The Joe Vaněk Archive of Theatre and Opera Design
Joe Vaněk was born and raised in Stratford-upon-Avon in England. Vaněk studied in the University of Sussex and was destined for a career in teaching, before changing direction for a future in stage design. From the late 1970s through to the mid-1980s Vaněk worked at the Tricycle Theatre, the Young Vic and across West End venues in London. Vaněk was Head of Design at the Palace Theatre Watford, under the director Michael Attenborough from 1980 to May 1984. Vaněk lived in London for a period of thirteen years before moving to Dublin in 1984, where he felt he "could breathe" after his time in London. By this time, Vaněk had also designed for the Lyric Theatre Belfast production of Northern Star by Stewart Parker, directed by Peter Farago in November 1984. In the same year, Vaněk won the Harvey’s Award for Best Design for his work on Oscar Wilde’s A Woman of No Importance.
Vaněk’s move to Dublin in 1984 was prompted by a conversation with theatre director Patrick Mason. Mason and Vaněk collaborated many times, at the Gate Theatre and at the Abbey Theatre over successive years. Vaněk and Mason first worked together on a production of The Recruiting Officer produced at the Gate Theatre in May 1985, directed by Mason and designed by Vaněk. Vaněk first designed for the Abbey Theatre on the set and costumes for the production of St. Stephen’s Green, by William Phillips and directed by Leon Rubin.
Throughout his career, Vaněk has been designing for most of the major theatre, opera and dance companies in Ireland. He was Director of Design at the Abbey Theatre from 1995-1997, and also Design Associate for the Wexford Festival Opera from 2006-2008. Vaněk has worked with Landmark Productions on new works and adaptations, including Knives in Hens by David Harrower and The Book of Evidence, adapted from the novel by John Banville. HE has been nominated for the Irish Times/Irish Theatre Award Best Design Award for The Shape of Things (Gate Theatre) and The Goat (Project Arts Centre) and received the Best Costume Design award for The Queen of Spades (Opera Ireland).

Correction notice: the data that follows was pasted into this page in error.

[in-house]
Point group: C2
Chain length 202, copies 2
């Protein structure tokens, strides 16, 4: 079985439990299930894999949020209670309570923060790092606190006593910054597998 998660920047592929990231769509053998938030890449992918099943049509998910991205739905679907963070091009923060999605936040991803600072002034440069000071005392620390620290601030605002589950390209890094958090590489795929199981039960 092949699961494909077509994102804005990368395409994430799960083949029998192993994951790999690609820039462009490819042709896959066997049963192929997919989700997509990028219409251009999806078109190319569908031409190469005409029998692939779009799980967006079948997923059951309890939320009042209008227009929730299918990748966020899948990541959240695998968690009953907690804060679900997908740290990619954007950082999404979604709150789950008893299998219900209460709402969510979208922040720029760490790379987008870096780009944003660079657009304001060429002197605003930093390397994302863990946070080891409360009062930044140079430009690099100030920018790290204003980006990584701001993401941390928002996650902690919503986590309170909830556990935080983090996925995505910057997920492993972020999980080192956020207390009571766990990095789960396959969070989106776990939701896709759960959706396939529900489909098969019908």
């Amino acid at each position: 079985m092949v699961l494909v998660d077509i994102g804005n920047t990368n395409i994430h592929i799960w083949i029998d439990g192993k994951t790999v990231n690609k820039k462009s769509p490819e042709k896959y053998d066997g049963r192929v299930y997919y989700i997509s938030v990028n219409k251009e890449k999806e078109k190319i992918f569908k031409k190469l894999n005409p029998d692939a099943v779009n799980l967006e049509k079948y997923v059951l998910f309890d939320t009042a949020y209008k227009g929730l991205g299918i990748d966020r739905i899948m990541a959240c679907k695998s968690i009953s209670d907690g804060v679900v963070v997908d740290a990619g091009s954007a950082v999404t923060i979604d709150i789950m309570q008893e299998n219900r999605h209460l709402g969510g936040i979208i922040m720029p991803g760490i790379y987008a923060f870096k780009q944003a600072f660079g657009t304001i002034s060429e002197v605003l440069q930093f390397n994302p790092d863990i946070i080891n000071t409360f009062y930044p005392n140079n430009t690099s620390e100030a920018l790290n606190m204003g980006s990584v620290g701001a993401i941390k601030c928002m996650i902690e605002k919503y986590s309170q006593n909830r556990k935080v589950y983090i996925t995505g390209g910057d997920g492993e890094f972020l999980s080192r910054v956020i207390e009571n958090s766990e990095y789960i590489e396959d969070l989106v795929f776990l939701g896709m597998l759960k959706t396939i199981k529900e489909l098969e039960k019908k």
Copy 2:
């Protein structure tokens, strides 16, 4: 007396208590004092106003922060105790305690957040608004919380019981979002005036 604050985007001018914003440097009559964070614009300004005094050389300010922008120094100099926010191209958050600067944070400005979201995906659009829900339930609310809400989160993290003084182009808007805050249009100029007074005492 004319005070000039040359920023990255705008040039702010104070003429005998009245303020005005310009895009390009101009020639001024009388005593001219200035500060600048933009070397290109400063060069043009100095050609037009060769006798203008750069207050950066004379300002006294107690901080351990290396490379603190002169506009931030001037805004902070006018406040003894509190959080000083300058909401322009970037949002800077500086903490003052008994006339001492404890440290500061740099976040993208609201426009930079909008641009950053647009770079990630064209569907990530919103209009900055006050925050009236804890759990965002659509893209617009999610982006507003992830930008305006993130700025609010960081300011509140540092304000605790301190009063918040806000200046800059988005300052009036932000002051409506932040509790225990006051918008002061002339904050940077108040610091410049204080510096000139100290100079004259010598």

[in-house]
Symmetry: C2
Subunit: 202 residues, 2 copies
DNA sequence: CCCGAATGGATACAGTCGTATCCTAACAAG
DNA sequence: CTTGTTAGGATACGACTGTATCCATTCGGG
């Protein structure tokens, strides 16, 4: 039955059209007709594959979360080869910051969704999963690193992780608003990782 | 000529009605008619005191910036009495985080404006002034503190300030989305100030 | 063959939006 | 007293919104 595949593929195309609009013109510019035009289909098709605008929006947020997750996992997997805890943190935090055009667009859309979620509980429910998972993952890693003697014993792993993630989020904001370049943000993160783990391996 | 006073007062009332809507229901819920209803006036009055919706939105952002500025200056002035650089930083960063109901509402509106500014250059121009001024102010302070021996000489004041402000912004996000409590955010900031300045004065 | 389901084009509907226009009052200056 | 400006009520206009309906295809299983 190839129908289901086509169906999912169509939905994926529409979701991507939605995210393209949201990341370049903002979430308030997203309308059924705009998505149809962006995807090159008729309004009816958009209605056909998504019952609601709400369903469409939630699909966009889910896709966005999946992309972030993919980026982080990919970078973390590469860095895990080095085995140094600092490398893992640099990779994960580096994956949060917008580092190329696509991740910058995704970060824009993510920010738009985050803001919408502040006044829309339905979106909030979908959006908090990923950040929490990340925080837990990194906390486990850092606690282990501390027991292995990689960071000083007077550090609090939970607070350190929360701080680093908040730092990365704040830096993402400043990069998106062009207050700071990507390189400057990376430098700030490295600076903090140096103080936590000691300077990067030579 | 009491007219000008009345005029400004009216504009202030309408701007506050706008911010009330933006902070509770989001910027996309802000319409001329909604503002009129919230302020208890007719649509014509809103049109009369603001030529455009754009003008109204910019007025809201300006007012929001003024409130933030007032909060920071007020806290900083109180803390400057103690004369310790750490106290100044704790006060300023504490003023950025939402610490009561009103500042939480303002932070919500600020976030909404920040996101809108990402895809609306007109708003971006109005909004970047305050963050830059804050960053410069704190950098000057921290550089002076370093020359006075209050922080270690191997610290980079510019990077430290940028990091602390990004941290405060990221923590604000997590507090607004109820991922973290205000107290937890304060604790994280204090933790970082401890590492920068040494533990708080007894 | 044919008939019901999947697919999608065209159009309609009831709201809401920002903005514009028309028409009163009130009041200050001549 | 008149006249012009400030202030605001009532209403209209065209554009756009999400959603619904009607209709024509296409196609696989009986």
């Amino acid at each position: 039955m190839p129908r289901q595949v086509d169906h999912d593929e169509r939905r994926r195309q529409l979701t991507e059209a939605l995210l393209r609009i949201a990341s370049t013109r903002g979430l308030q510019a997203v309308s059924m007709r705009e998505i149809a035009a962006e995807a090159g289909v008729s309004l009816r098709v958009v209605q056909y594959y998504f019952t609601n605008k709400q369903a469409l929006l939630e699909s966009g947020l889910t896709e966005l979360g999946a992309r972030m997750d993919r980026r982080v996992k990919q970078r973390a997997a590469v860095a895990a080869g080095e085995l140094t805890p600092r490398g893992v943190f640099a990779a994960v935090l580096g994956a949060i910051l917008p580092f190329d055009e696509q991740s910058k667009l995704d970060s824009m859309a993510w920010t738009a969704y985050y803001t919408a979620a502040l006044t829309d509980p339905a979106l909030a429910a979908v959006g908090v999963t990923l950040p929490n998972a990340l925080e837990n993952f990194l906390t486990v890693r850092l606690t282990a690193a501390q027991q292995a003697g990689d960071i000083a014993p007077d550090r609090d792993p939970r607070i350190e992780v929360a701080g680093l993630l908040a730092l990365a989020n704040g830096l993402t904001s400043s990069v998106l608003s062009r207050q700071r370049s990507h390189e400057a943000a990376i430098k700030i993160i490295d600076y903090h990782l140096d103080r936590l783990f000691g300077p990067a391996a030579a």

Vaněk’s work is closely associated with the plays of Brien Friel, including the Tony-Award winning Dancing at Lughansa, Wonderful Tennessee, Molly Sweeney and Performances, between the Abbey Theatre, the Gate Theatre and respective international tours. Vaněk also designed new plays by many of Ireland’s leading writers including Sebastian Barry, Marina Carr, Hugo Hamilton, Tom Kilroy, Tom MacIntyre, Frank McGuinness and Tom Murphy.
This exhibition includes newly digitised material from the Vaněk archive, held at the Hardiman Library, NUI Galway. The Vaněk archive offers a unique perspective into the processes and work of one of Ireland’s and European theatre’s most renowned designers. Vaněk’s notebooks and costume drawings reveal the artistry of his designs, with beautiful manuscript illustrations, vividly coloured and matched with costume samples, allowing a tangible insight into the characters and places made real on the stage through Vaněk intricate designs.
Extensive photographs show landscapes, architecture and items that were documented within Vaněk’s early ideas for particular productions. Correspondence with directors and playwrights, in particular with the likes of Brian Friel, show how much Vaněk inhabited the worlds in which he designed, building them into vivid worlds on the stage.
This exhibition opens the archive of contemporary Irish theatre’s leading designer, Joe Vaněk, and charts a scenographic journey from stage to stage through the theatrescapes of Vaněk’s distinguished career.
- Grace Vroomen
- Dr. Barry Houlihan
- Eimhin Joyce
- Dr. Cillian Joy
- Aisling Keane